Sergers - any advice on features or models?

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Old 06-06-07, 12:37 PM
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Sergers - any advice on features or models?

I started my own home-based drapery business about 6 months ago. I'm considering whether I should buy a serger. I'm not sure how useful or necessary it would be for my business since I've never used one. In what situations is a serger useful? Also, how fancy a model should I consider?
 
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Old 06-06-07, 04:13 PM
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You know, I've been sewing since I was little, and only got a serger a few years ago, and in fact never used one before that, but I'll tell you, I wonder how I got along without one! It's something that comes in real handy and you'll find yourself using it all the time. For making home furnishings, you really only need it for finishing seams, but if you're doing this as a biz, you want the inside to look as nice as the outside, especially pillows. It also helps with bulk. You don't need a fancy one, but you do need a heavy duty one, that can go thru many layers and a 4 thread is all your need, but a 5 thread if fine, too. I have a used industrial serger and would recommend an industrial, but if not, then a used Pfaff 700 series (new ones are very pricey) or I've heard that White's are pretty good, heavy duty and inexpensive and also Husqvarna/Viking.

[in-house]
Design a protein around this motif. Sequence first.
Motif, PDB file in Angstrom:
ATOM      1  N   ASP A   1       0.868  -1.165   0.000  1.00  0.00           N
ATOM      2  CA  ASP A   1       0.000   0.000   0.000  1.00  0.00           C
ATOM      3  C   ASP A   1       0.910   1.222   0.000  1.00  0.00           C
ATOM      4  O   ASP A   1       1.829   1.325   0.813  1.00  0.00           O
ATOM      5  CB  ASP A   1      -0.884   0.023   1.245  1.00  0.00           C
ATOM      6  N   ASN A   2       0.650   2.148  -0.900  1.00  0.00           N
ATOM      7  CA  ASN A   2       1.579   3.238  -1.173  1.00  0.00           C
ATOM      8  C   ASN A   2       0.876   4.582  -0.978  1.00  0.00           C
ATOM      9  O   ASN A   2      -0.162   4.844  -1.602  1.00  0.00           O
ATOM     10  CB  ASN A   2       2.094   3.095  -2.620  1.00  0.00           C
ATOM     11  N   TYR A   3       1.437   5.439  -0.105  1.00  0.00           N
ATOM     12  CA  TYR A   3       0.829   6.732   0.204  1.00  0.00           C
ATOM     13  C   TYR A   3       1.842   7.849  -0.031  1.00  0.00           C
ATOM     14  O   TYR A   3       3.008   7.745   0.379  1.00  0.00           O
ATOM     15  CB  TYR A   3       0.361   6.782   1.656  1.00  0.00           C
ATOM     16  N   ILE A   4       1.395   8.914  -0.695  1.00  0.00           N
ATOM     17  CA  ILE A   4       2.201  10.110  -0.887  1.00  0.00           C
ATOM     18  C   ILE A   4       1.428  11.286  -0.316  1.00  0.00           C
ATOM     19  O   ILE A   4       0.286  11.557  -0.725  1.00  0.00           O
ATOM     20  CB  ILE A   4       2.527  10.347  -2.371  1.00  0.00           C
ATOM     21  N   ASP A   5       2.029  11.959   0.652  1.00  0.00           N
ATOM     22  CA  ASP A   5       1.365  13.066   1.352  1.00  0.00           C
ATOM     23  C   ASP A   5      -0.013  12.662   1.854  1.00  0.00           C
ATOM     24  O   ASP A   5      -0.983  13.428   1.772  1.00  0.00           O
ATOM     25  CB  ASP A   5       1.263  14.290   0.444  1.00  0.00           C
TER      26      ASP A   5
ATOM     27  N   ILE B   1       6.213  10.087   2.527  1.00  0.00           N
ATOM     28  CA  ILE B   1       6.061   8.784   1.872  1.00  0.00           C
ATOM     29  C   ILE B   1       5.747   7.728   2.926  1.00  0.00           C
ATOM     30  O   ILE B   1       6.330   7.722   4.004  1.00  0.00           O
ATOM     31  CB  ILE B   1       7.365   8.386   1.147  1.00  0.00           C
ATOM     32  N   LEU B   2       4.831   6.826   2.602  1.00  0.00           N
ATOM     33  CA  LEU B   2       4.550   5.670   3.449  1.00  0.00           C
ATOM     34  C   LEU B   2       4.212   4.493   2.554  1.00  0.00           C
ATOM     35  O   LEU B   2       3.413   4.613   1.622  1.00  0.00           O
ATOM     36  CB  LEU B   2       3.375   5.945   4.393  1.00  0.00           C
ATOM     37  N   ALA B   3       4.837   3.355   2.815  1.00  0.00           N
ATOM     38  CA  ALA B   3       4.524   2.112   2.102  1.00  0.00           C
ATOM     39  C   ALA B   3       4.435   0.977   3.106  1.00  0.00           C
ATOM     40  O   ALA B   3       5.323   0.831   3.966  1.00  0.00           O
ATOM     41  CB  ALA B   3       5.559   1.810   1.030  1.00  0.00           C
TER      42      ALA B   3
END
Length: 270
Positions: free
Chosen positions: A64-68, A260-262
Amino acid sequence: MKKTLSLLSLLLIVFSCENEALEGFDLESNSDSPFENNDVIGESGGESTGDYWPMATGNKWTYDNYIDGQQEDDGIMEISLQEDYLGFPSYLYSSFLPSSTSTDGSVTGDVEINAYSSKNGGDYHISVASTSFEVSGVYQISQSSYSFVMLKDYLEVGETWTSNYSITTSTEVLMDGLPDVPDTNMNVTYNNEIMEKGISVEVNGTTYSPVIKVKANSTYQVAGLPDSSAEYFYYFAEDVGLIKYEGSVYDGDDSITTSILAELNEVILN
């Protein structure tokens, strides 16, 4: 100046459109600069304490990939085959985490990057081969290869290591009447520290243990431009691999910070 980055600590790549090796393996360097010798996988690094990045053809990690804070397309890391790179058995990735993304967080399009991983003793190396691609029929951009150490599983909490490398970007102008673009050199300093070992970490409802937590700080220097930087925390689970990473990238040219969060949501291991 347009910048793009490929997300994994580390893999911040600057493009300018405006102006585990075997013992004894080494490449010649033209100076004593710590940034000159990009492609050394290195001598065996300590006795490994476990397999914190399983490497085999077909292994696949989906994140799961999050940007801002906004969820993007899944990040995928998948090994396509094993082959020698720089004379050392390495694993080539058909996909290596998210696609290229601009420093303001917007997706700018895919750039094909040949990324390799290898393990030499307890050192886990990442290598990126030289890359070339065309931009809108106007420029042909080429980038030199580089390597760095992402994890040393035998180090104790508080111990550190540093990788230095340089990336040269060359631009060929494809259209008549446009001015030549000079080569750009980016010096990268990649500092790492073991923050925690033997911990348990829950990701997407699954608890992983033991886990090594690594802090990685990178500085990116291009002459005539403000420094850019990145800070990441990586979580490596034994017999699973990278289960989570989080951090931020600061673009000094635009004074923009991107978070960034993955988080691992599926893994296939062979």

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Old 06-07-07, 02:36 PM
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Thanks for the advice. Can you use a serger for finished raw edges stapled to the top of a valance board? That's the type of thing that bothers me. Do you use the serger on seams that are hidden inside a lined drape?

What is the difference between the 3, 4, and 5-thread sergers?
 
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Old 06-07-07, 06:16 PM
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"Can you use a serger for finished raw edges stapled to the top of a valance board?"
Yes, you sure can. It's good for any edges you want looking neat.

"Do you use the serger on seams that are hidden inside a lined drape?"
Depends but usually only if it's a fabric that ravels badly, like silk.

"What is the difference between the 3, 4, and 5-thread sergers?"
A 3 thread only overlocks (the stitching that goes over the edge), a 4 thread makes a mock safety stitch, IOW it sews a straight row of stitching next to the overlock stitches, and a 5 thread makes a true safety stitch which means it makes a chain stitch next to the overlock stitches.
If you weren't straight stitching first, then you'd need the 5 thread to make sure the stitches don't come apart, but since we generally use a straight stitch first, a 5 thread isn't really needed but if you can get one for a good price, then nothing wrong with getting one. You want to get at least a 4 thread.
Oh, and with a home serger, you can also do a rolled hem.
 
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